restricted access Knowledge and Pain ed. by Esther Cohen, Leona Toker, Manuela Consonni, and Otniel E. Dror (review)
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Reviewed by
Esther Cohen, Leona Toker, Manuela Consonni, and Otniel E. Dror, eds. Knowledge and Pain. Amsterdam: Rodopi, 2012. xviii + 406 pp. Ill. $122.00 (978-90-420-3582-9).

Pain interests us. This volume draws together historical, philosophical, literary, and phenomenological accounts of suffering in order to reflect on the confusing array of cultural and intellectual responses to physical and emotional pain from the twelfth century to the present. Like much work in the field, the essays collapse the traditional distinction between the physical and the emotional. They also problematize historical and contemporary definitions of pain. Indeed, a chapter by the cognitive scientist Sascha Benjamin Fink even recommends that we stop assuming that there is an homogenous experience that is labeled “pain.” Instead, we should be investigating the contexts within which people use pain expressions and the different emotional or affective states that adhere to such contexts.

Some of the chapters radically challenge conventional understandings of empathy. Esther Cohen, for example, skillfully unpicks medieval attitudes to the pain of others. The status of the person in pain was crucial in determining the economy of sympathy that could be allocated to his or her suffering. It also influenced sensitivity to pain, which was why Christ’s sufferings were so exquisite. Na’ama Cohen-Hanegbi also defamiliarizes pain by exploring it in the context of the Middle Ages. In fifteenth-century Italy, a distinction was made among pain as an emotion (dolor), pain of the soul (dolor animi), and the pain of remorse (contrition). Physicians sought to co-opt theological languages in order to demonstrate their healing authority while theologians insisted on the uniqueness of the pain of contrition for much the same reasons. Other chapters trace through similar debates about who possesses authority over pain and the role of interpersonal interactions. These questions are explored in the contexts of lovesickness in early modern Europe and miraculous healings (specifically Parisian Jansenism) in the eighteenth century, as well as the role of narrative in healing processes today. The one chapter on animal suffering—written by Nathanial Wolloch, the author of a number of books on the meaning of “nature” in early modern European [End Page 685] culture—is especially nuanced in its analysis of the role of sympathy in human–animal interactions. His argument that sensitivity to animal suffering was fundamentally anthropocentric is richly argued and persuasive.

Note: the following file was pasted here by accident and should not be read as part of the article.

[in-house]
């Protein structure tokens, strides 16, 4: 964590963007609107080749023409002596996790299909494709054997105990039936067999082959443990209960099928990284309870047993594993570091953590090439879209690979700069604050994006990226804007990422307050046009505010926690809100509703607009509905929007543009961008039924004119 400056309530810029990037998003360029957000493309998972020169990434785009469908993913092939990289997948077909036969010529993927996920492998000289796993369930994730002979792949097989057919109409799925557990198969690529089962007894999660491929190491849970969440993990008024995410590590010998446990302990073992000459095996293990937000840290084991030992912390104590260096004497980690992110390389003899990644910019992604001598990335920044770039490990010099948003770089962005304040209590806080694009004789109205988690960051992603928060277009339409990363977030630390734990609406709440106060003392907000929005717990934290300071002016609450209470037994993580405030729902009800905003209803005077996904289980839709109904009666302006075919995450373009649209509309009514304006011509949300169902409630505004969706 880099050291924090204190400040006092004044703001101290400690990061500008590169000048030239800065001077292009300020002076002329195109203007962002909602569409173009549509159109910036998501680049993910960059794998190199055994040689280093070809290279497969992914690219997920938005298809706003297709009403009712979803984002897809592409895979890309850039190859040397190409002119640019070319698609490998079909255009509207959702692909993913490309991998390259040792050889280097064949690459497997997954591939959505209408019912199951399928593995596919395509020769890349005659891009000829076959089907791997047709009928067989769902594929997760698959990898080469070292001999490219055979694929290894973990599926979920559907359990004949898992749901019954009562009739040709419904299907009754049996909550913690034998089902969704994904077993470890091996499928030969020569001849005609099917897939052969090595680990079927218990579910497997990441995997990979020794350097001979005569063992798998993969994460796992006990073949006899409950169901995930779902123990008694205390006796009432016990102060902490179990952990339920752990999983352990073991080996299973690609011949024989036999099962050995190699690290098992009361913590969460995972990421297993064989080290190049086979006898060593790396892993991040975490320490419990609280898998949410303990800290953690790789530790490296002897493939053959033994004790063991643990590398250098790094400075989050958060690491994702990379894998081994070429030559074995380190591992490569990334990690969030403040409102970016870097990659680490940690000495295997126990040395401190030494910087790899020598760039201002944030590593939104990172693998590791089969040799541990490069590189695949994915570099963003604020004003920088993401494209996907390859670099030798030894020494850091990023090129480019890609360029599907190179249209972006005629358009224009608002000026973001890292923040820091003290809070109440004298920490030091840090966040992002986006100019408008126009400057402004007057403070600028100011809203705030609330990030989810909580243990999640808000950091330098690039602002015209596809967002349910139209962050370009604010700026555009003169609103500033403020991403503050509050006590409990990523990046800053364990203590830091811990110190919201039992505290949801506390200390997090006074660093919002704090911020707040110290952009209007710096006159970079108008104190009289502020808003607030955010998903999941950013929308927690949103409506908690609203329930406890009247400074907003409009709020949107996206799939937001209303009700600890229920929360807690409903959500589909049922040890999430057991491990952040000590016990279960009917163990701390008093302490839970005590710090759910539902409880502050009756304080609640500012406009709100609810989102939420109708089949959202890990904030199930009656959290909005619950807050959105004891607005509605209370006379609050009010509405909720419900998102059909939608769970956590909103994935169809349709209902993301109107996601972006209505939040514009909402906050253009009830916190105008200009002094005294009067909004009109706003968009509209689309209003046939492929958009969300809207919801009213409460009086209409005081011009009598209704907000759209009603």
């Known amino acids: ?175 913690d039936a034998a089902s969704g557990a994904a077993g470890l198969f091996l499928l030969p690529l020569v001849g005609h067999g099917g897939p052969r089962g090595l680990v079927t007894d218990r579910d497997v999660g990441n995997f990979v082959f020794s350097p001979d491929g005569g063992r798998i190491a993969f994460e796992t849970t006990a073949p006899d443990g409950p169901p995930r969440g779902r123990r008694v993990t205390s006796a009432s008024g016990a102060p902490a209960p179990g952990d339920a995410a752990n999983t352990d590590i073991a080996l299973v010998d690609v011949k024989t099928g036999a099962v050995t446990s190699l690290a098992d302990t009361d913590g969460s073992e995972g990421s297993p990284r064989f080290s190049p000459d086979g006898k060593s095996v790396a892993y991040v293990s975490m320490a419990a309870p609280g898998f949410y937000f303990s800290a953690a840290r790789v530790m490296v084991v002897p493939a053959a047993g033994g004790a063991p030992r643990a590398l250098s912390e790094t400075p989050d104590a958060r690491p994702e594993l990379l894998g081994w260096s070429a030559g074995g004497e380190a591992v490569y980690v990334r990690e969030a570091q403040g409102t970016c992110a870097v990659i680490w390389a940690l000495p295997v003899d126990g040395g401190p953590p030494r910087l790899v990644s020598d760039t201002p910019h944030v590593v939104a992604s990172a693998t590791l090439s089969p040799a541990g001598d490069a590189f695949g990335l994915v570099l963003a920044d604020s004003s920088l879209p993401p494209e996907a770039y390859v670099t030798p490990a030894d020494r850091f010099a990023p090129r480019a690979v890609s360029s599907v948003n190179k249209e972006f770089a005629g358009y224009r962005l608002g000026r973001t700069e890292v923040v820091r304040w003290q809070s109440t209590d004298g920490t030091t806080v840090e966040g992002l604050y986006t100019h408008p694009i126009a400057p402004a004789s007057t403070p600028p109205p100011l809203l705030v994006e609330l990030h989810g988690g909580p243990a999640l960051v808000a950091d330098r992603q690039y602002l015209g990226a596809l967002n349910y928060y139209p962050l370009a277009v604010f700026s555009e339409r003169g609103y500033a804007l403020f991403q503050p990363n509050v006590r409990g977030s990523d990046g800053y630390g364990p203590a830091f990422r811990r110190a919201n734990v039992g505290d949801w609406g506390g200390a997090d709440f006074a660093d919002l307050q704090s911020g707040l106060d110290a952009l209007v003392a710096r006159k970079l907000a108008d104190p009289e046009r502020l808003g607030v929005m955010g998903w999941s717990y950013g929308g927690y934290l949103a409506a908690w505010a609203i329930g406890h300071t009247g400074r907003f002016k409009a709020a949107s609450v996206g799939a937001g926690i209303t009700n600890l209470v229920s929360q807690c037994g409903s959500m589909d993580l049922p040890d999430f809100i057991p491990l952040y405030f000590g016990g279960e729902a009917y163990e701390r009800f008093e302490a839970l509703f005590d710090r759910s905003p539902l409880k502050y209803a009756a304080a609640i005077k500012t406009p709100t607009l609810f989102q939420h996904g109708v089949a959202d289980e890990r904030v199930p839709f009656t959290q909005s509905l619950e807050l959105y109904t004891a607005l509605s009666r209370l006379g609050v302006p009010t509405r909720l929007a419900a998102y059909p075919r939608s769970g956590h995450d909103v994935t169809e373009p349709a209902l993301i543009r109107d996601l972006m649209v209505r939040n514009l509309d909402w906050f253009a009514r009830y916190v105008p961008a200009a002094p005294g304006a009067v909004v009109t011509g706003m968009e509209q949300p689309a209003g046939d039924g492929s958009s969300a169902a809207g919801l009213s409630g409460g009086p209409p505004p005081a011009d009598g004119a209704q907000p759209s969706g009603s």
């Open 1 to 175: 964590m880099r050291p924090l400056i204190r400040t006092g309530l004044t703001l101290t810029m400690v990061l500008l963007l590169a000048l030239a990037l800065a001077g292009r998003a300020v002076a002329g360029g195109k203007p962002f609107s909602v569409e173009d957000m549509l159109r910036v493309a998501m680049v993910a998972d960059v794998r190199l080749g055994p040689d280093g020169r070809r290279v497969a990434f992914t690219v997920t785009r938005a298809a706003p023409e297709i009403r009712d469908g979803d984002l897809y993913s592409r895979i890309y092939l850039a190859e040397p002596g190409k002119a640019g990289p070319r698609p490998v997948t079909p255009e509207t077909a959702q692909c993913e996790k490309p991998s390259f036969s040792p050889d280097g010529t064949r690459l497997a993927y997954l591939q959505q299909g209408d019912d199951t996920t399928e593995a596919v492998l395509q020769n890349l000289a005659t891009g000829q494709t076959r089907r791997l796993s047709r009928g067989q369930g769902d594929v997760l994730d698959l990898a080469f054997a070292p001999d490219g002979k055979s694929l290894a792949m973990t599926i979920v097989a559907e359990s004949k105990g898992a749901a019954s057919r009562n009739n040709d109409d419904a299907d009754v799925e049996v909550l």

One of the most difficult chapters—but also the one most worth reading—is by the distinguished anthropologist and historian of science Otniel E. Dror. Titled “Visceral Pleasures and Pain,” Dror’s chapter is one of the clearest expositions of nineteenth-century discourses on the physiology of the emotions. By studying visceral emotions, scientists critiqued those commentators who assumed that emotions could be “read” by anyone (through observing facial expressions, for instance). They proposed “an alternative cosmology of emotions” that drew attention to “numerous invisible emotions lurking under the skin” (p. 160). Although less “history of science,” Paula A. Michaels’s chapter on obstetric pain is a brilliant exposition of the transmission of medical ideas between the Soviet Union, France, Britain, and America. Through a careful reading of texts, she is able to demonstrate subtle but important differences in the reception about ideas concerning “natural childbirth” and the role of mind over matter in these different countries.

Fictional and autobiographical depictions of pain are also highly suggestive of the meaning of suffering in past cultures. As medieval scholar R. F. Yeager correctly reminds us, “literature, more than the visual arts, is our best evidence of how people felt” (p. 44). John Gower, Geoffrey Chaucer, Anton Chekhov, David Grossman, as well as Christine Brooke-Rose’s pathography, a series of literary representations of dementia, and comic books are subjected to close readings. Memoirs are also unpicked in an attempt to shed light on the hermeneutics and phenomenology of pain. Manuela Consonni raises difficult questions about pain, death, and individual finitude in the context of the Shoah. What does pain mean for peoples whose entire “being in the world” is the camps? Leona Toker follows this question with an equally thoughtful article on the “folk theodicy” of victims of Nazi camps and the gulag. The...